Aluminum Hydride1

AlH3

[7784-21-6]  · AlH3  · Aluminum Hydride  · (MW 29.99)

(reducing agent for many functional groups; used in hydroalumination of alkynes; allylic rearrangements)

Alternate Name: alane.

Physical Data: colorless, nonvolatile solid in a highly polymerized state; mp 110 °C (dec). X-ray data have also been obtained.2

Solubility: sol THF and ether; precipitates from ether after standing for approximately 30 min depending upon method of preparation.

Analysis of Reagent Purity: hydride concentration can be determined by hydrolyzing aliquots and measuring the hydrogen evolved.3

Preparative Methods: can be prepared by treating an ether solution of Lithium Aluminum Hydride with Aluminum Chloride (eq 1).4 This affords an ether solution of AlH3 after precipitation of LiCl. Solutions have to be used immediately otherwise AlH3 precipitates as a white solid which consists of a polymeric material with ether. The solvent can be removed and the solid redissolved in THF.5 Alternatively, THF solutions can be prepared directly according to one of the reactions shown in eqs 2-4.5,6

Handling, Storage, and Precautions: solutions of AlH3 are not spontaneously inflammable.3 However, since AlH3 has reactivity comparable to LiAlH4, one should follow similar handling and precautions as those exercised for LiAlH4. Solutions of AlH3 are prepared in situ but are known to degrade after 3 days, and long term storage of solutions is not possible. Use in a fume hood.

Functional Group Reductions.

Reductions by alane take place primarily by a two-electron mechanism.7,8 However, evidence for a SET pathway exists.9 AlH3 will reduce a wide variety of functional groups.4 These include aldehydes, ketones, quinones, carboxylic acids, anhydrides, acid chlorides, esters, and lactones, from which the corresponding alcohol is the isolated product. Amides, nitriles, oximes, and isocyanates are reduced to amines. Nitro compounds are inert to AlH3. Sulfides and sulfones are unreactive, but disulfides and sulfoxides can be reduced. Tosylates are also not reduced by AlH3.

The reduction of ketones with AlH3 has selectivity different from other hydride reagents (eqs 5 and 6).10 The hydroxymethylation of ketones via a two-step procedure has also been accomplished (eq 7).11 The conversion of a,b-unsaturated ketones to allylic alcohols can be carried out with very good selectivity using AlH3 (eq 8);12 however, DIBAL is the reagent of choice for this transformation (see Diisobutylaluminum Hydride).12c

Carboxylic acids and esters are reduced more rapidly by AlH3 than by LiAlH4, whereas the converse is true for alkyl halides. As a result, acids and esters can be reduced in the presence of halides (eq 9). In addition, esters can be reduced in the presence of nitro groups (eq 10). This stands in contrast to LiAlH4 in which nitro groups are reduced. Acetals can also be reduced to the half protected diol as illustrated in eq 11.13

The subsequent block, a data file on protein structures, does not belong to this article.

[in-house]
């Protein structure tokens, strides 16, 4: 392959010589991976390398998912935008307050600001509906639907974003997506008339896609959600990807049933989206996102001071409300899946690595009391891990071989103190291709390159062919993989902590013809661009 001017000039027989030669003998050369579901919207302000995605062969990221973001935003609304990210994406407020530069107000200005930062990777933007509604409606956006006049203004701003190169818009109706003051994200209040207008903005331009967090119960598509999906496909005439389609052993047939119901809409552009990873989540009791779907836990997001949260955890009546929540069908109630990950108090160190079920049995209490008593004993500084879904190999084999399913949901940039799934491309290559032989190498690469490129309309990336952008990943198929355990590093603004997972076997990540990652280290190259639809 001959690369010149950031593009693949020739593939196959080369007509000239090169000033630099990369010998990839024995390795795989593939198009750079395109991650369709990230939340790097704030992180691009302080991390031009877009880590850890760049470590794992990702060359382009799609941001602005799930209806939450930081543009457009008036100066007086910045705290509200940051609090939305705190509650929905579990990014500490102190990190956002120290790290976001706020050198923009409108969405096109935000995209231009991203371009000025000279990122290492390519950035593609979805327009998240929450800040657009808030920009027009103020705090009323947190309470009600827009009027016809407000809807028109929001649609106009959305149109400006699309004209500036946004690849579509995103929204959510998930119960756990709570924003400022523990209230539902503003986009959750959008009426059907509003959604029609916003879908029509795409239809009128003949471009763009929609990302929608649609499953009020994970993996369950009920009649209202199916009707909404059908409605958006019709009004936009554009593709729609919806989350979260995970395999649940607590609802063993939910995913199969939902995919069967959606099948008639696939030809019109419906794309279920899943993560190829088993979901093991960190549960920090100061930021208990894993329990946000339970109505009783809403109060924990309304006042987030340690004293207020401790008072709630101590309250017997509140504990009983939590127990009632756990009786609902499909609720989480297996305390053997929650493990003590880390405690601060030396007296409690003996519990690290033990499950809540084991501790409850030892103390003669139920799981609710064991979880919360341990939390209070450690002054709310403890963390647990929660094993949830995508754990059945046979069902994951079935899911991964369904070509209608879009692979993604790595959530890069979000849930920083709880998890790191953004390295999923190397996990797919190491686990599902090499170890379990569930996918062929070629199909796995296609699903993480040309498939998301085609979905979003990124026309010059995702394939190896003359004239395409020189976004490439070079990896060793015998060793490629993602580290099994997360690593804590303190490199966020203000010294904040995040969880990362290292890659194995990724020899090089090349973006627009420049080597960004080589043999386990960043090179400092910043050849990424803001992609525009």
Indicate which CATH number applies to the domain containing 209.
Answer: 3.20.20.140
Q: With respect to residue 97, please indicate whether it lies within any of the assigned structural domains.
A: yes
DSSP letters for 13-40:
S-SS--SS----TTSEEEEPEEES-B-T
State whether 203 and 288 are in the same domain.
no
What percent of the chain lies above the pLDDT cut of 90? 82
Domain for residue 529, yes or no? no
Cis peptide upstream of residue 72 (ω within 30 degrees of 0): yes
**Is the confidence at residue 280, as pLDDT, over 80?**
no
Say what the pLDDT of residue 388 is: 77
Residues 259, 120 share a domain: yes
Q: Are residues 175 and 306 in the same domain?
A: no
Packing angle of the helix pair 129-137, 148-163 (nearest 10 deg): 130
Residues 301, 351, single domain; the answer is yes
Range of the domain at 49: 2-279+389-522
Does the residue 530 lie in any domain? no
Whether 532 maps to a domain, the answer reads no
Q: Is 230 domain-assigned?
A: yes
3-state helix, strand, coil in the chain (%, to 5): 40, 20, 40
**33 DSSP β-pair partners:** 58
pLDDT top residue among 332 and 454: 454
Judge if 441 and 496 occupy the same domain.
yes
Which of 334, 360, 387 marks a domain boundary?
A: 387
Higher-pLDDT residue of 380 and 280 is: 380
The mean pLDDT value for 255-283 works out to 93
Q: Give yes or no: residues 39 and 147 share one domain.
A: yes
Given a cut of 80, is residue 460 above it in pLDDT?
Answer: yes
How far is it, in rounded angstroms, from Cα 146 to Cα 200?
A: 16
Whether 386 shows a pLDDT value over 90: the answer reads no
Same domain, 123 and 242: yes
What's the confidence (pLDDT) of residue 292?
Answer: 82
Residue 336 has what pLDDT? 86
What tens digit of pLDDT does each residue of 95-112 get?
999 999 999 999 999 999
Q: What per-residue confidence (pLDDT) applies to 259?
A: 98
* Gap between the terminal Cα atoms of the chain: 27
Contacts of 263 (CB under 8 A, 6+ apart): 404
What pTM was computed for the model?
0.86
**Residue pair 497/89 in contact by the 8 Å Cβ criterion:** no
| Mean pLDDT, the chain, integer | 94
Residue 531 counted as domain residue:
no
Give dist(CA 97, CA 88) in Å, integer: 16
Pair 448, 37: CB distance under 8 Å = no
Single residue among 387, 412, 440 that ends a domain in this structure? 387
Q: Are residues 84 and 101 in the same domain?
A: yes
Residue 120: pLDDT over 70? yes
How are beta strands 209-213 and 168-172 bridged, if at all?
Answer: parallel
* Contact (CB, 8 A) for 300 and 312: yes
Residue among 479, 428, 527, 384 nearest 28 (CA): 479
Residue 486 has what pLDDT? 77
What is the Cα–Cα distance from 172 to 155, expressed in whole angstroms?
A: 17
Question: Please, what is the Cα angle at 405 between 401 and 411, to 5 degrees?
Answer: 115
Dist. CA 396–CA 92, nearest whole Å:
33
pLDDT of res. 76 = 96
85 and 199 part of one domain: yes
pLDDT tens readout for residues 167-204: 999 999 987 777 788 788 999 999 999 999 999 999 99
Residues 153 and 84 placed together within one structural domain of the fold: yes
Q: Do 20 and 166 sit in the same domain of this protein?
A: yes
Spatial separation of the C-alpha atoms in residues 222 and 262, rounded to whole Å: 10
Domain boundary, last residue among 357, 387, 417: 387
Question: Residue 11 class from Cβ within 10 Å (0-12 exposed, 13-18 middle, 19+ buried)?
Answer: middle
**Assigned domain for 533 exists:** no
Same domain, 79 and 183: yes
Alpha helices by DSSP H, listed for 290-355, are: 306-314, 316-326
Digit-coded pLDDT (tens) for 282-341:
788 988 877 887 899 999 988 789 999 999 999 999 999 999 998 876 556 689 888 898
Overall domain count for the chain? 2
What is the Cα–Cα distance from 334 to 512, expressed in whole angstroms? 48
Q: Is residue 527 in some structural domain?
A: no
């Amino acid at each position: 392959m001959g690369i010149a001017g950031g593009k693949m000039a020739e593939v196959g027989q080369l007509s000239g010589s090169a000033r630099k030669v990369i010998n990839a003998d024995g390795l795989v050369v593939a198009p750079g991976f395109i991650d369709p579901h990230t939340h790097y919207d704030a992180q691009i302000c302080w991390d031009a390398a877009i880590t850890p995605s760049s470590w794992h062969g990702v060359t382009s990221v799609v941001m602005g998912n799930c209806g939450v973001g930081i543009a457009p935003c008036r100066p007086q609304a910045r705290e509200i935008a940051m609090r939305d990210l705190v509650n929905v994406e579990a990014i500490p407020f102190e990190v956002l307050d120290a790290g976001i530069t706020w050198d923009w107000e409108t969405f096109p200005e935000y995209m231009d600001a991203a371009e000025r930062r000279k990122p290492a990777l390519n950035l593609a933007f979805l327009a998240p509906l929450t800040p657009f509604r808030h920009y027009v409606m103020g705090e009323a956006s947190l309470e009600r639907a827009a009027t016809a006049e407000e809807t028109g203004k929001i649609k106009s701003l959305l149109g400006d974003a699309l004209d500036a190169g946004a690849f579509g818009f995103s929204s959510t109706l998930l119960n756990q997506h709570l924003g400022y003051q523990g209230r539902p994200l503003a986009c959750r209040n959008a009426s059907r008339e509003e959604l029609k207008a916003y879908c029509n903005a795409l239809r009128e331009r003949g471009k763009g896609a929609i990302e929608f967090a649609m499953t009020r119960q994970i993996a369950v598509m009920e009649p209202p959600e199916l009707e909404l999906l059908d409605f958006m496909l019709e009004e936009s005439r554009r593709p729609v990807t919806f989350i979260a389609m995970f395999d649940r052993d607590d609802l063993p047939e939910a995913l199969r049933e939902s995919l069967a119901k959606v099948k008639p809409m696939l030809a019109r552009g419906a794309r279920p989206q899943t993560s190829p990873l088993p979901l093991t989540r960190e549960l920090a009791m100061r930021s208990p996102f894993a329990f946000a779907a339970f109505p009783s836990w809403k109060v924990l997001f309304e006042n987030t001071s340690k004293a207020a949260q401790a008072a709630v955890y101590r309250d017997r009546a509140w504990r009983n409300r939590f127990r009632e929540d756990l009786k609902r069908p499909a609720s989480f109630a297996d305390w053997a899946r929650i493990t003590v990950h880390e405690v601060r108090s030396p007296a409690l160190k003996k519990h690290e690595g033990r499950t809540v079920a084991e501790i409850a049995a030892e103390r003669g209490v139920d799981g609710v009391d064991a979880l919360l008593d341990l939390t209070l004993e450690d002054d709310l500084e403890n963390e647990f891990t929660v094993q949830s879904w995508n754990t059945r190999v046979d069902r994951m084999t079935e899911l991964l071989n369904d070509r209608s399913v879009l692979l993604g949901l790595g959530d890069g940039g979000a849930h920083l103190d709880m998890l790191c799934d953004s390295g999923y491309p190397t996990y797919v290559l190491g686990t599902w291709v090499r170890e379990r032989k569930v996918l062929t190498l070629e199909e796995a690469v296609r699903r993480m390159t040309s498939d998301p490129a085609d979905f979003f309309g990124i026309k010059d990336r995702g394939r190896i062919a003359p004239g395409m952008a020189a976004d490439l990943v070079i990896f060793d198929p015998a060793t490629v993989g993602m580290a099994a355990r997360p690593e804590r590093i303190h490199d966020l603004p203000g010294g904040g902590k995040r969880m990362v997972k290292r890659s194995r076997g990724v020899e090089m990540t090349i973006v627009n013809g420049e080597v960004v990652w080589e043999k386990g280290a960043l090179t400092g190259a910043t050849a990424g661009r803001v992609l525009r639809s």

In reductions of amides to amines there is a competition between C-O and C-N bond cleavage which depends upon the reaction conditions. This complication does not occur with AlH3. A quantitative yield of amine is obtained with short reaction times. Conjugated amides can be cleanly reduced to the allylic amine (eq 12).6

The less basic AlH3 appears to be better than LiAlH4 for reducing nitriles with relatively acidic a-hydrogens to amines, and enolizable keto esters to diols (eq 13).6

The reduction of b-lactams to azetidines can be accomplished with AlH3 (eq 14),14 while ring opening was observed with LiAlH4. AlH3 can also convert enamines to the corresponding alkenes (eq 15).15

While alkyl halides are usually inert to AlH3, the reduction of cyclopropyl halides to cyclopropanes (eq 16)16 and glycosyl fluorides to tetrahydropyrans (eq 17)17 are known.

Desulfurization of sultones is rapid and proceeds in good yield with AlH3 while LiAlH4 affords poor yields with long reaction times (eq 18).18

Epoxide Ring Opening.

With most epoxides, hydride attack occurs at the least sterically hindered site to give the corresponding alcohol (eq 19).19 However, due to the electrophilic nature of AlH3 compared to LiAlH4, it is possible for ring opening to occur at the more hindered site. With phenyl substituted epoxides, mechanistic studies have shown that attack at a benzylic carbenium ion or a 1,2-hydride shift followed by hydride attack gives products with the same regiochemistry but with different stereochemistry (eq 20).6,20 The stereoselectivity of AlH3 mediated epoxide openings has been studied in depth.21